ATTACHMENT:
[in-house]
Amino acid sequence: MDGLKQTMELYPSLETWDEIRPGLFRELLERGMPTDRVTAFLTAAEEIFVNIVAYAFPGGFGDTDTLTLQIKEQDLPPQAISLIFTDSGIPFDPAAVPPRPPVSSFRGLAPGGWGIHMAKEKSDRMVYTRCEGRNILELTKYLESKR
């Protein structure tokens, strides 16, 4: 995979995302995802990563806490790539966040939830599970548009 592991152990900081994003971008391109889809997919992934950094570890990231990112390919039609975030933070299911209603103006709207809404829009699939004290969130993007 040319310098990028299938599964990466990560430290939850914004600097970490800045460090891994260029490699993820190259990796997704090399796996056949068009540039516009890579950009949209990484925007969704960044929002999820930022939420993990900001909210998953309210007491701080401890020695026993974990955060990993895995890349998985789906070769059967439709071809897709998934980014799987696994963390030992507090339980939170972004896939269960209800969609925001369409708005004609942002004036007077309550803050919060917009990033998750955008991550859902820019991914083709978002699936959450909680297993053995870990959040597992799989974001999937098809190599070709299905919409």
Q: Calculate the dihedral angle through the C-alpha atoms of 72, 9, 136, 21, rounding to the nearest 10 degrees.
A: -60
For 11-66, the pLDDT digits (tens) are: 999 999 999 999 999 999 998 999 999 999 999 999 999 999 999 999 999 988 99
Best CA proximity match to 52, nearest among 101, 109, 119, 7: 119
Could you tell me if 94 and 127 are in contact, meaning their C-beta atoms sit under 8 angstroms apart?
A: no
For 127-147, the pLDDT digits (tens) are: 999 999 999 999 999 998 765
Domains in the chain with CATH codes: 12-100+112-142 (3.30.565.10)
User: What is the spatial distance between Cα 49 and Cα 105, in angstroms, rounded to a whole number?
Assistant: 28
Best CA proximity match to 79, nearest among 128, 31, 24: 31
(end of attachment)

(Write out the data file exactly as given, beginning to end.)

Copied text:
[in-house]
Amino acid sequence: MDGLKQTMELYPSLETWDEIRPGLFRELLERGMPTDRVTAFLTAAEEIFVNIVAYAFPGGFGDTDTLTLQIKEQDLPPQAISLIFTDSGIPFDPAAVPPRPPVSSFRGLAPGGWGIHMAKEKSDRMVYTRCEGRNILELTKYLESKR
């Protein structure tokens, strides 16, 4: 995979995302995802990563806490790539966040939830599970548009 592991152990900081994003971008391109889809997919992934950094570890990231990112390919039609975030933070299911209603103006709207809404829009699939004290969130993007 040319310098990028299938599964990466990560430290939850914004600097970490800045460090891994260029490699993820190259990796997704090399796996056949068009540039516009890579950009949209990484925007969704960044929002999820930022939420993990900001909210998953309210007491701080401890020695026993974990955060990993895995890349998985789906070769059967439709071809897709998934980014799987696994963390030992507090339980939170972004896939269960209800969609925001369409708005004609942002004036007077309550803050919060917009990033998750955008991550859902820019991914083709978002699936959450909680297993053995870990959040597992799989974001999937098809190599070709299905919409």
Q: Calculate the dihedral angle through the C-alpha atoms of 72, 9, 136, 21, rounding to the nearest 10 degrees.
A: -60
For 11-66, the pLDDT digits (tens) are: 999 999 999 999 999 999 998 999 999 999 999 999 999 999 999 999 999 988 99
Best CA proximity match to 52, nearest among 101, 109, 119, 7: 119
Could you tell me if 94 and 127 are in contact, meaning their C-beta atoms sit under 8 angstroms apart?
A: no
For 127-147, the pLDDT digits (tens) are: 999 999 999 999 999 998 765
Domains in the chain with CATH codes: 12-100+112-142 (3.30.565.10)
User: What is the spatial distance between Cα 49 and Cα 105, in angstroms, rounded to a whole number?
Assistant: 28
Best CA proximity match to 79, nearest among 128, 31, 24: 31